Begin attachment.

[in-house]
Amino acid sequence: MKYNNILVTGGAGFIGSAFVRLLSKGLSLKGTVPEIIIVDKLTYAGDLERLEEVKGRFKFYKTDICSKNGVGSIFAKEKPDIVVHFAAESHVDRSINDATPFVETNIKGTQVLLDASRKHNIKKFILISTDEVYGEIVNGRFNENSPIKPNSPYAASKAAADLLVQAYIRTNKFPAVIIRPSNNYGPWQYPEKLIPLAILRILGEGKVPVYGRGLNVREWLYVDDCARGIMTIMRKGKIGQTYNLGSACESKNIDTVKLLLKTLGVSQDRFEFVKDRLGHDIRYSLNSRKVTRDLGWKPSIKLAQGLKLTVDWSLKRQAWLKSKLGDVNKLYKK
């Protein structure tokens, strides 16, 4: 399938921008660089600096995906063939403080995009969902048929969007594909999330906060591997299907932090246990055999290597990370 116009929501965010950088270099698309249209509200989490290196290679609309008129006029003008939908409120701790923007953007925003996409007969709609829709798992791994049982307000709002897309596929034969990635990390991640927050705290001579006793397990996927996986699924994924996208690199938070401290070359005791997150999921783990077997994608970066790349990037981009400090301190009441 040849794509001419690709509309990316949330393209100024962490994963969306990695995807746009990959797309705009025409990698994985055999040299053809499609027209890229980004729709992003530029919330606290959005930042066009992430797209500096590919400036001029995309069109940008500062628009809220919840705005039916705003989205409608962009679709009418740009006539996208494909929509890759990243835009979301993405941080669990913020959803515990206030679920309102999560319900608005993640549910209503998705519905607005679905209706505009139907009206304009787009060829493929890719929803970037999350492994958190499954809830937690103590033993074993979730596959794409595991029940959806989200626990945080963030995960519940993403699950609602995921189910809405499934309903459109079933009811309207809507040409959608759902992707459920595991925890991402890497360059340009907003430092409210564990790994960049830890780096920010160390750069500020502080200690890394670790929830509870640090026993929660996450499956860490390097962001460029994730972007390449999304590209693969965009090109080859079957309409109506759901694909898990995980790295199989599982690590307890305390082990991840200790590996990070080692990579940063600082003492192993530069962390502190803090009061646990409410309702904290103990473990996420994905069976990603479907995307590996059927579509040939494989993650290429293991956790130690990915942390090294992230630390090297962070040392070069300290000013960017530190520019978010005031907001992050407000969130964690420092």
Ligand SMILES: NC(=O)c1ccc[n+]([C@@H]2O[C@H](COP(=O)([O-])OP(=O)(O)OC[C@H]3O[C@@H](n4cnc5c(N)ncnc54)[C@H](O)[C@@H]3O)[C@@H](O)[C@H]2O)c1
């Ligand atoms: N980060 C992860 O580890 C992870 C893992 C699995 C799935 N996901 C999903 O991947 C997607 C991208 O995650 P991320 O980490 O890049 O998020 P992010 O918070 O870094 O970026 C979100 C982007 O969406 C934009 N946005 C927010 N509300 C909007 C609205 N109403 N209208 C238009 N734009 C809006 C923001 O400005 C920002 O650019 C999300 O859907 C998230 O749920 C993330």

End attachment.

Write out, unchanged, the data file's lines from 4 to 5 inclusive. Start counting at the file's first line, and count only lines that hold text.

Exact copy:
Ligand SMILES: NC(=O)c1ccc[n+]([C@@H]2O[C@H](COP(=O)([O-])OP(=O)(O)OC[C@H]3O[C@@H](n4cnc5c(N)ncnc54)[C@H](O)[C@@H]3O)[C@@H](O)[C@H]2O)c1
């Ligand atoms: N980060 C992860 O580890 C992870 C893992 C699995 C799935 N996901 C999903 O991947 C997607 C991208 O995650 P991320 O980490 O890049 O998020 P992010 O918070 O870094 O970026 C979100 C982007 O969406 C934009 N946005 C927010 N509300 C909007 C609205 N109403 N209208 C238009 N734009 C809006 C923001 O400005 C920002 O650019 C999300 O859907 C998230 O749920 C993330």